Under Pressure, Unprepared: SMBs and Web 2.0
Is web 2.0 a little passé by now? If it is, it makes this latest data a little unfortunate. According to a poll by SpamTitan Technologies, 76% of small and mid-size business surveyed stated that they are under pressure to allow more access to Web 2.0.

Unprotected, Unprepared

If we can agree that web 2.0 has come and evolved, knowing that 44.4% said that they do not have security in place to protect from Web 2.0 specific threats makes things a little uncomfortable, doesn’t it?

With the social enterprise apps market predicted to grow from US$ 600 million in 2011 to US$ 6.4 billion by 2016, SMBs are in for a wake-up call as they battle to make IT budgets stretch to deliver new tools without any downside. Social business applications, as we know it, are sneaky. As they open up new business opportunities and networks for customer engagement, they can also expose businesses to new risks that can compromise security and reduce network productivity.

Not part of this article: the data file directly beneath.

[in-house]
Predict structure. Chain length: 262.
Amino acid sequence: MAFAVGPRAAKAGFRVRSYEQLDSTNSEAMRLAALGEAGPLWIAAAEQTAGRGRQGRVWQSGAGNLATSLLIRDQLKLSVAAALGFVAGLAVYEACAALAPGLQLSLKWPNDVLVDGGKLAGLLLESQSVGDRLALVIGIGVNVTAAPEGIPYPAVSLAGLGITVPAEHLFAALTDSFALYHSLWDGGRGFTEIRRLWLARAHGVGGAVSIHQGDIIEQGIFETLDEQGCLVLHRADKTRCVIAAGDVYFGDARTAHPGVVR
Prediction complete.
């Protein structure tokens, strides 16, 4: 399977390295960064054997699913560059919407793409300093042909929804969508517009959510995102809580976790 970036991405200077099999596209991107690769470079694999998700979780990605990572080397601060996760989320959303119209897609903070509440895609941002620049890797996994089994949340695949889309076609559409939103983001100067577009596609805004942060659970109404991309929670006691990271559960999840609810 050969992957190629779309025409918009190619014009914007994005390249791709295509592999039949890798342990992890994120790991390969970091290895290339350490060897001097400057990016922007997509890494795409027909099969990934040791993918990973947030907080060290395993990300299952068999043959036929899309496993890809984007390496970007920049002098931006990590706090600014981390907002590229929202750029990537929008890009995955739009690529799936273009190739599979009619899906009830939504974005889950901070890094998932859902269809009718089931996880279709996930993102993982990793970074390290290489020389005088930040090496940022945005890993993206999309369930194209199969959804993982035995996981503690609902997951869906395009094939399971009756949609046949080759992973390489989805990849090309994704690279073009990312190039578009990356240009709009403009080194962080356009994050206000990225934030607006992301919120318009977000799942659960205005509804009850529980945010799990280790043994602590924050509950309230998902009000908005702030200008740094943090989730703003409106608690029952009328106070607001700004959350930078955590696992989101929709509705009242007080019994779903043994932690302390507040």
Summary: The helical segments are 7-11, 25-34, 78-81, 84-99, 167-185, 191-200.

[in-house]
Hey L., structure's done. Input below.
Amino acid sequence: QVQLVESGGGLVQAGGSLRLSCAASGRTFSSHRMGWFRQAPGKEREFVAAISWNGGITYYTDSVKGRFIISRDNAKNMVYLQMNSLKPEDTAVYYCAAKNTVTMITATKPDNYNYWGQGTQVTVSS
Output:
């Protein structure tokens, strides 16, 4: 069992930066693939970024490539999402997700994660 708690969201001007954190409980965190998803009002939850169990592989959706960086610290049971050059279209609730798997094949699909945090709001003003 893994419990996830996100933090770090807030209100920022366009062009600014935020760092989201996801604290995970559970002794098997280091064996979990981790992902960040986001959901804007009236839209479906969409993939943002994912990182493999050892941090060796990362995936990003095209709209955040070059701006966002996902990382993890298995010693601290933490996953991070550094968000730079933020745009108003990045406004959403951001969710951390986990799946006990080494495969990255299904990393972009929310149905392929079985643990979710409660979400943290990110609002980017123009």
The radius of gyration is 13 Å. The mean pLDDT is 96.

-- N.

If You Fail to Plan...

So how can they become better prepared? A strategic and structured approach to social media is a start. Without a social media or corporate internet usage policy, many SMBs are vulnerable to potentially crippling business vulnerabilities. SpamTitan suggests SMBs and their HR and IT teams consider asking the following to help create effective and secure social media strategies and policies.

  • Does your company have classified information -- customer data, accounts, banking information etc. -- that if corrupted or stolen would ruin your business and could leave you liable legally?
  • How long can you afford to shut your system down and what will the productivity and financial costs be?
  • Which specific individuals and departments need access to these tools for business purposes?
  • Does your company have an IT and application user policy in place; and do you have the tools required to manage access?

Will any of this make it easier to provide access to web 2.0 applications? Probably. But it won’t ease the burden when it comes to other technology integration. Only significant cultural and organizational change will make it easier to adapt to changing social business landscapes.